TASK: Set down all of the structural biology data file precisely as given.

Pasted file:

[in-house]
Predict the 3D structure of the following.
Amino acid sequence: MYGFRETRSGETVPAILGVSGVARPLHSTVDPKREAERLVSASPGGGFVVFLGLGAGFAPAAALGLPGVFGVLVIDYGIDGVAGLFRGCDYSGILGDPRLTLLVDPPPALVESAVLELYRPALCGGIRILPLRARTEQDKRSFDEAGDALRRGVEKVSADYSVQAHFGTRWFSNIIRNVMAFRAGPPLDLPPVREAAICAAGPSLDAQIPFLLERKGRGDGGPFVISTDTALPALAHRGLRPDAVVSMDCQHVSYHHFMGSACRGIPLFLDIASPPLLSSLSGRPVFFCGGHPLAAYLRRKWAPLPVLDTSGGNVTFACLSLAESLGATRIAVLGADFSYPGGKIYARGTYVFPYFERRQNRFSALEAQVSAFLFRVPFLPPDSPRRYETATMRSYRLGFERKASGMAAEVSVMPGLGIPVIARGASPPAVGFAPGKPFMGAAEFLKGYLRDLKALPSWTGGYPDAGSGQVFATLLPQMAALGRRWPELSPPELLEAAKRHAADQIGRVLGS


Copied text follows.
[in-house]
Predict the 3D structure of the following.
Amino acid sequence: MYGFRETRSGETVPAILGVSGVARPLHSTVDPKREAERLVSASPGGGFVVFLGLGAGFAPAAALGLPGVFGVLVIDYGIDGVAGLFRGCDYSGILGDPRLTLLVDPPPALVESAVLELYRPALCGGIRILPLRARTEQDKRSFDEAGDALRRGVEKVSADYSVQAHFGTRWFSNIIRNVMAFRAGPPLDLPPVREAAICAAGPSLDAQIPFLLERKGRGDGGPFVISTDTALPALAHRGLRPDAVVSMDCQHVSYHHFMGSACRGIPLFLDIASPPLLSSLSGRPVFFCGGHPLAAYLRRKWAPLPVLDTSGGNVTFACLSLAESLGATRIAVLGADFSYPGGKIYARGTYVFPYFERRQNRFSALEAQVSAFLFRVPFLPPDSPRRYETATMRSYRLGFERKASGMAAEVSVMPGLGIPVIARGASPPAVGFAPGKPFMGAAEFLKGYLRDLKALPSWTGGYPDAGSGQVFATLLPQMAALGRRWPELSPPELLEAAKRHAADQIGRVLGS